Tori felt like a brilliant scientist in a laboratory. Today her class was looking at cells with a microscope! She watched Mr. Koch place thin slices of onion onto slides. Tori really wanted to see a nucleus, the cell’s control center.
“Each lab group, send one person to get a slide for your microscope,” Mr. Koch said. “Please be careful. These slides are glass, so they’re fragile. If you break one, you’ll have to pay for it.”
Tori went up to Mr. Koch’s desk and picked up a thin slide in both hands. She walked back to her table, trying not to get smudges on it. In the center she could just barely see the sliver of onion, almost as clear as the glass.
Tori pushed the slide into the microscope’s clips and flipped the light switch. But the microscope stayed dark.
“Oops,” said her lab partner, Michael. “We forgot to plug it in.” He pulled the microscope over to an outlet.
But Michael bumped the slide, and it slipped right out of the clips and onto the floor. Crack! The slide cracked straight down the middle.
Michael grabbed the slide and set it back on the microscope like nothing had happened. He turned the light on and started adjusting the focus. Tori wasn’t sure what to do, so she just sat and looked at their assignment. Her excitement about seeing a nucleus was gone.
After a few minutes Michael whispered, “Tori, will you back me up and tell Mr. Koch our slide was cracked when we got it?”
Tori felt her chest get tight. Of course she knew that was the wrong thing to do, but she didn’t want Michael to get in trouble. She thought about what Jesus would do. Then she said, “I don’t think we should lie about that. But I’ll help you talk to Mr. Koch. It’ll be OK.”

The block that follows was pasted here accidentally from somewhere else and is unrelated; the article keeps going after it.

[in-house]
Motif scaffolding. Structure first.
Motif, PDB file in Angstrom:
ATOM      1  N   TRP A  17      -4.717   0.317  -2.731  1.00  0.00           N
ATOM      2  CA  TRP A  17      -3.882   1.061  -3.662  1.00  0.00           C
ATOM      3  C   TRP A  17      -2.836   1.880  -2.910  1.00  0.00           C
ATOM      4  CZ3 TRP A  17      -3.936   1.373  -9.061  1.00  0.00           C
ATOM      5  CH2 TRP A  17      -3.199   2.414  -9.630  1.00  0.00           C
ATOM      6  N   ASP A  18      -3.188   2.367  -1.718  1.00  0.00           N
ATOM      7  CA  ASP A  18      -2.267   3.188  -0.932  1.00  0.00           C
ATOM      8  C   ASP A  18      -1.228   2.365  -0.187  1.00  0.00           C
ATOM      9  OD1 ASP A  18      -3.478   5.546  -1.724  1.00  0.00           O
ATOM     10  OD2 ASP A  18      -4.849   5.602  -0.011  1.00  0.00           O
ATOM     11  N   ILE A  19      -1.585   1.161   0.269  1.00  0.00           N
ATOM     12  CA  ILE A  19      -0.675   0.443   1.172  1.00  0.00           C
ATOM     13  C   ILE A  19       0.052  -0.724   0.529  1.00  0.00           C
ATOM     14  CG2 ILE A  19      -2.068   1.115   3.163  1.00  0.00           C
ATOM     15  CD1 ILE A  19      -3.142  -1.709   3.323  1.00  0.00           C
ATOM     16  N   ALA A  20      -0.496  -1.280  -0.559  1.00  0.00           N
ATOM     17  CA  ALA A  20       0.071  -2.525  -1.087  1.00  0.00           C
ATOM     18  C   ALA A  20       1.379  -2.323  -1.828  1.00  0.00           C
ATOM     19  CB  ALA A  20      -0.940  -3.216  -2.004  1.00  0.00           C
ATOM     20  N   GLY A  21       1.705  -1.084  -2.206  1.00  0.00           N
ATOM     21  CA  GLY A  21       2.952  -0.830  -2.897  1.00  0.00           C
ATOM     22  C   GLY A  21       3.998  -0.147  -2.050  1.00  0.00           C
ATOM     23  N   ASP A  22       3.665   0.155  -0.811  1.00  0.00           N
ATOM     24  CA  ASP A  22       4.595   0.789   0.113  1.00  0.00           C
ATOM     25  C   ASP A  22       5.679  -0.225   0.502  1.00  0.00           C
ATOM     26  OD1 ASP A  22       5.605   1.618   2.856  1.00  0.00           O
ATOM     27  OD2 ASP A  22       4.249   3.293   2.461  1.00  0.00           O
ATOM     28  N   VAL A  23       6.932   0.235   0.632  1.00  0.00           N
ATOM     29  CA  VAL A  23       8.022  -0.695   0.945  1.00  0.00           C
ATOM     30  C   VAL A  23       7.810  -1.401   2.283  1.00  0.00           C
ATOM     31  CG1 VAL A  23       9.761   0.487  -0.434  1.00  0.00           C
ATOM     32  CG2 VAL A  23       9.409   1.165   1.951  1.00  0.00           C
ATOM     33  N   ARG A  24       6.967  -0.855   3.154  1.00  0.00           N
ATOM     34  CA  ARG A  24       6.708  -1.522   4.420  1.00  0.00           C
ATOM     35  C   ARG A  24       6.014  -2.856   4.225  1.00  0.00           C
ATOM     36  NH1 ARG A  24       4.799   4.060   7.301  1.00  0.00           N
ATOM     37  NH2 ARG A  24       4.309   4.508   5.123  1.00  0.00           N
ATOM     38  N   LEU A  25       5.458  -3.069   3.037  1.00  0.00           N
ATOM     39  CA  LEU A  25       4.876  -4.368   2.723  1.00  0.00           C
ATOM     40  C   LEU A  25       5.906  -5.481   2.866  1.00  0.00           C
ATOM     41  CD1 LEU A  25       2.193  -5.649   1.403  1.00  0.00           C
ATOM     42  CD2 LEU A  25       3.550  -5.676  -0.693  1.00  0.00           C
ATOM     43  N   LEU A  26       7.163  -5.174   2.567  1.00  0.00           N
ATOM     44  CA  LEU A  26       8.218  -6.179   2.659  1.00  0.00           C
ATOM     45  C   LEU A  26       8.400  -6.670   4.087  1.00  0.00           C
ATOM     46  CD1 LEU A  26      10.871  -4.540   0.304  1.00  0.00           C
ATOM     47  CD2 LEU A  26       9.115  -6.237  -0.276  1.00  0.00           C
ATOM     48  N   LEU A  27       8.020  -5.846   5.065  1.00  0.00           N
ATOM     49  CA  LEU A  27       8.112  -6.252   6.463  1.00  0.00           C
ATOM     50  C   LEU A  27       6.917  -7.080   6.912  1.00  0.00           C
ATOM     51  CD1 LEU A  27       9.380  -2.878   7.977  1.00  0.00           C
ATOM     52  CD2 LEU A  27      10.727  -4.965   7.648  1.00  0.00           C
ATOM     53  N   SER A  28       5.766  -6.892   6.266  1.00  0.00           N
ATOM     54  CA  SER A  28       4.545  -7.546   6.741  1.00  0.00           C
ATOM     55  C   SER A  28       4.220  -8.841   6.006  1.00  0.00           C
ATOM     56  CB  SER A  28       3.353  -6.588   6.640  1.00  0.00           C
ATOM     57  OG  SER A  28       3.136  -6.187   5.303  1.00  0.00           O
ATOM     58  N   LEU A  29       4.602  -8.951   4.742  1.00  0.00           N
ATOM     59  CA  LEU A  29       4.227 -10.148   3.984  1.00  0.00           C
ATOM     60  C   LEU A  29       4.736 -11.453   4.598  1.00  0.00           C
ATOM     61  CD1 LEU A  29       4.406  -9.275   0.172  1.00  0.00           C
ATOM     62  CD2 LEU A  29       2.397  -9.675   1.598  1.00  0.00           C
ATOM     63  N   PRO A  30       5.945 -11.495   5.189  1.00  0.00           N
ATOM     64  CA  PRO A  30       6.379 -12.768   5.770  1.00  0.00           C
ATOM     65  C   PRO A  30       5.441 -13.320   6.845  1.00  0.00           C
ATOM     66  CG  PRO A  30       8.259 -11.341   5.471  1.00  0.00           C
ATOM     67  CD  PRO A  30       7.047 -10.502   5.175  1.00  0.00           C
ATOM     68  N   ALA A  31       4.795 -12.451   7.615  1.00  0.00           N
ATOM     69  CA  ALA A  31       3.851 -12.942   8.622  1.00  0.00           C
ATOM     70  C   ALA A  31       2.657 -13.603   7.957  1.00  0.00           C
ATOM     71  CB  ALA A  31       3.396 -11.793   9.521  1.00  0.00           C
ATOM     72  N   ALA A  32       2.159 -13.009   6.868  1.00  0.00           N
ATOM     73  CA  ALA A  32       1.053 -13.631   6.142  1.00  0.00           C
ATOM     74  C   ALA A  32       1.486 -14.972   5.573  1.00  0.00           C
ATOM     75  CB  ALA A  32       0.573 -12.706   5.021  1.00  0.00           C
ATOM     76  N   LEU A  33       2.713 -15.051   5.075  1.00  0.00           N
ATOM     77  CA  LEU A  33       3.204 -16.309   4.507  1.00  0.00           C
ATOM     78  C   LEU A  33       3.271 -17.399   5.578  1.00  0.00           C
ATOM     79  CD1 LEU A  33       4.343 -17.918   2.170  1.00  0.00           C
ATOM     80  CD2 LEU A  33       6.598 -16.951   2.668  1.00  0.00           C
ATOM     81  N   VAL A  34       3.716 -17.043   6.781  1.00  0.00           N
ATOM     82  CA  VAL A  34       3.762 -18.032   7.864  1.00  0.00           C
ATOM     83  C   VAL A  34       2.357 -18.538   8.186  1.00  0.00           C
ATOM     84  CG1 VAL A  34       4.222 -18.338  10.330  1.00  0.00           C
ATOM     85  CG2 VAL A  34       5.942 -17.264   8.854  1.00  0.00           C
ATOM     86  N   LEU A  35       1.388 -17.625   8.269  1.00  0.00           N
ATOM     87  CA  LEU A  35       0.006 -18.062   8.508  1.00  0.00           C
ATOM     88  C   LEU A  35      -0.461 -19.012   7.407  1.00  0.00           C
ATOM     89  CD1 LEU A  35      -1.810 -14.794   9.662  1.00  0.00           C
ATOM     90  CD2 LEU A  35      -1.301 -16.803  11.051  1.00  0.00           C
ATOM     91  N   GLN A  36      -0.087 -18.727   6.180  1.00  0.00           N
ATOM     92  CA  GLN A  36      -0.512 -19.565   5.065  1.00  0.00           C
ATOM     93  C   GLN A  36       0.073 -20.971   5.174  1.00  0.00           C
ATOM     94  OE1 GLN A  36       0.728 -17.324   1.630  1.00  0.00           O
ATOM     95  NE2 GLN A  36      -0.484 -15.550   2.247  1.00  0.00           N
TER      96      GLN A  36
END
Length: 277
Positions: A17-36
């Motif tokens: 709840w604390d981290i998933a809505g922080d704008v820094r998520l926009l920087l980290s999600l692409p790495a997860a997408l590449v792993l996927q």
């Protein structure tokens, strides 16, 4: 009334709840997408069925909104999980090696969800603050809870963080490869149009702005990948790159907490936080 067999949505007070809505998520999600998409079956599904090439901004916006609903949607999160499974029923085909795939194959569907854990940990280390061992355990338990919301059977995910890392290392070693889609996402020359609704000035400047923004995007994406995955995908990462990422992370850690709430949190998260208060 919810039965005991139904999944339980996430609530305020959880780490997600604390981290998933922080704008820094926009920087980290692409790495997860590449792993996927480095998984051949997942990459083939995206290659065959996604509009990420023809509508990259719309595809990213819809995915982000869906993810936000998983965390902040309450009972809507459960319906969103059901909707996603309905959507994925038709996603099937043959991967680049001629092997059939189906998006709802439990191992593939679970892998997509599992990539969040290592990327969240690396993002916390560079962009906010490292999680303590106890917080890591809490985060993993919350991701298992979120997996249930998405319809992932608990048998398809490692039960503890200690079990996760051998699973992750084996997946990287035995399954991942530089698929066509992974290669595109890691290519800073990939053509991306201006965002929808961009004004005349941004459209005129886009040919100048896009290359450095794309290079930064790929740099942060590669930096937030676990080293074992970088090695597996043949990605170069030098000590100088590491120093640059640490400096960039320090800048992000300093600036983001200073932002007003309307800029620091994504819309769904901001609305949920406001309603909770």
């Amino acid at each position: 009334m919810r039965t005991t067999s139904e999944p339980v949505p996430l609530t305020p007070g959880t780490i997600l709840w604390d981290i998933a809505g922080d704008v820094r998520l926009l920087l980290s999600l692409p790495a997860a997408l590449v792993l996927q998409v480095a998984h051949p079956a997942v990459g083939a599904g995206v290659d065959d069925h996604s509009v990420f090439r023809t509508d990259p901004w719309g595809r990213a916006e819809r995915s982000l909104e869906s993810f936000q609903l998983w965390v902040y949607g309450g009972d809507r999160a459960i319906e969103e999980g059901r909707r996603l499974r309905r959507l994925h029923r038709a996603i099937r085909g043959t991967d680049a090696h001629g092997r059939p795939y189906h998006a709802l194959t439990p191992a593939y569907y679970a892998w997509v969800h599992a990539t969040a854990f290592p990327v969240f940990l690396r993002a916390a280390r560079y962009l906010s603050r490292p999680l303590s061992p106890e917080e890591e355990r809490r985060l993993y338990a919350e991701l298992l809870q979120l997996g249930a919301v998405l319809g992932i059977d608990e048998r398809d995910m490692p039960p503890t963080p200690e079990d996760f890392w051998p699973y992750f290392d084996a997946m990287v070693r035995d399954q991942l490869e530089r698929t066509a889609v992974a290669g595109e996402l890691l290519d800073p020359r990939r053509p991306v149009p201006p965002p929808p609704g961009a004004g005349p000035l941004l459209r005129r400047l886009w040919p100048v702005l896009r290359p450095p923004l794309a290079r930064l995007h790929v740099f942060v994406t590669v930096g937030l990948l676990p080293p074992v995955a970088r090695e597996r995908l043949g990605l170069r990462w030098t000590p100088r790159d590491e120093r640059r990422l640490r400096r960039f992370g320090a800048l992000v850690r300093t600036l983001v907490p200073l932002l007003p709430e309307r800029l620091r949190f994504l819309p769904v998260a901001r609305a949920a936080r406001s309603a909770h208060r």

Michael cleared his throat. “OK.” He looked back at the slide. “I don’t have enough money to pay for it, though. What should I do?”
“Just tell the truth,” said Tori. She didn’t feel nervous anymore. She knew they could do the right thing.
Michael took a deep breath and raised his hand. “I need to tell you something, Mr. Koch.” Tori gave Michael an encouraging smile as their teacher walked over.
“I accidentally knocked the slide onto the floor, and it cracked,” Michael said.
“May I see the slide?” Mr. Koch asked calmly. He looked at it closely and then said, “Michael, thank you for telling the truth. You don’t need to pay for it. Just try to be more careful next time.”
“Whew, thanks!” said Michael.
With a new slide, Tori and Michael looked at the onion cells. Tori found a perfect nucleus and drew it in her notebook. She was glad she’d made the right decision. And she’d helped Michael make a good decision too. What a relief.
As they packed up their equipment, Michael said, “Thanks for helping me tell the truth.”
Tori smiled. “Anytime.”
“I will be honest with Heavenly Father, others, and myself” (My Gospel Standards).
Think about an honest choice you made. What did you learn?
Read Proverbs 12:22. How does God feel when we are honest?
Ask a parent how they have been blessed by being honest.
I challenge myself to …
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